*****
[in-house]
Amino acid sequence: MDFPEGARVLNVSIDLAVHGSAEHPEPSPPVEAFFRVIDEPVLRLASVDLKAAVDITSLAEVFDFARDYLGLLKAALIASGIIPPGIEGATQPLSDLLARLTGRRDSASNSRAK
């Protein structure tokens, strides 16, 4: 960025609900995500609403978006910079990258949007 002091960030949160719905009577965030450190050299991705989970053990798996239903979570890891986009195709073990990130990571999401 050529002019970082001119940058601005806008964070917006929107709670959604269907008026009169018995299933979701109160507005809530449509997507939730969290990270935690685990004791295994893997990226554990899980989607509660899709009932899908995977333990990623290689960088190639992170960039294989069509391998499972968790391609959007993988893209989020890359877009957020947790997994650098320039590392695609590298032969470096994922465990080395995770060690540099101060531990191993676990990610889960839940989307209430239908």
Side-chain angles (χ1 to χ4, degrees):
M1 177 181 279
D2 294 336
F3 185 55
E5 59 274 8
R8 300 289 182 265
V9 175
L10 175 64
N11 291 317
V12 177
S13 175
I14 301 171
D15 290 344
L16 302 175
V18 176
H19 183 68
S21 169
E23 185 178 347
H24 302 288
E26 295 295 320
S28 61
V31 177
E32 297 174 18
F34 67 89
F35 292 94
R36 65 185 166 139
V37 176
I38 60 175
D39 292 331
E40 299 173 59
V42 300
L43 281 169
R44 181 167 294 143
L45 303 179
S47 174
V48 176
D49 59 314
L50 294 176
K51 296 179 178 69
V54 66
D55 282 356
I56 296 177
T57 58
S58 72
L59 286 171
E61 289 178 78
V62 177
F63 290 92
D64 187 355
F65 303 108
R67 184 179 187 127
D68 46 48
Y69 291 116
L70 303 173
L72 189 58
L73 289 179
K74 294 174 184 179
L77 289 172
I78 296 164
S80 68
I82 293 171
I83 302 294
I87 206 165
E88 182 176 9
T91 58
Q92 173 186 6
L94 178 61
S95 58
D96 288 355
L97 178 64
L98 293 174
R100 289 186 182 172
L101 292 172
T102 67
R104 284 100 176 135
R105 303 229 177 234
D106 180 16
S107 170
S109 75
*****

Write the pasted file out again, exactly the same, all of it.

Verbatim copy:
[in-house]
Amino acid sequence: MDFPEGARVLNVSIDLAVHGSAEHPEPSPPVEAFFRVIDEPVLRLASVDLKAAVDITSLAEVFDFARDYLGLLKAALIASGIIPPGIEGATQPLSDLLARLTGRRDSASNSRAK
């Protein structure tokens, strides 16, 4: 960025609900995500609403978006910079990258949007 002091960030949160719905009577965030450190050299991705989970053990798996239903979570890891986009195709073990990130990571999401 050529002019970082001119940058601005806008964070917006929107709670959604269907008026009169018995299933979701109160507005809530449509997507939730969290990270935690685990004791295994893997990226554990899980989607509660899709009932899908995977333990990623290689960088190639992170960039294989069509391998499972968790391609959007993988893209989020890359877009957020947790997994650098320039590392695609590298032969470096994922465990080395995770060690540099101060531990191993676990990610889960839940989307209430239908």
Side-chain angles (χ1 to χ4, degrees):
M1 177 181 279
D2 294 336
F3 185 55
E5 59 274 8
R8 300 289 182 265
V9 175
L10 175 64
N11 291 317
V12 177
S13 175
I14 301 171
D15 290 344
L16 302 175
V18 176
H19 183 68
S21 169
E23 185 178 347
H24 302 288
E26 295 295 320
S28 61
V31 177
E32 297 174 18
F34 67 89
F35 292 94
R36 65 185 166 139
V37 176
I38 60 175
D39 292 331
E40 299 173 59
V42 300
L43 281 169
R44 181 167 294 143
L45 303 179
S47 174
V48 176
D49 59 314
L50 294 176
K51 296 179 178 69
V54 66
D55 282 356
I56 296 177
T57 58
S58 72
L59 286 171
E61 289 178 78
V62 177
F63 290 92
D64 187 355
F65 303 108
R67 184 179 187 127
D68 46 48
Y69 291 116
L70 303 173
L72 189 58
L73 289 179
K74 294 174 184 179
L77 289 172
I78 296 164
S80 68
I82 293 171
I83 302 294
I87 206 165
E88 182 176 9
T91 58
Q92 173 186 6
L94 178 61
S95 58
D96 288 355
L97 178 64
L98 293 174
R100 289 186 182 172
L101 292 172
T102 67
R104 284 100 176 135
R105 303 229 177 234
D106 180 16
S107 170
S109 75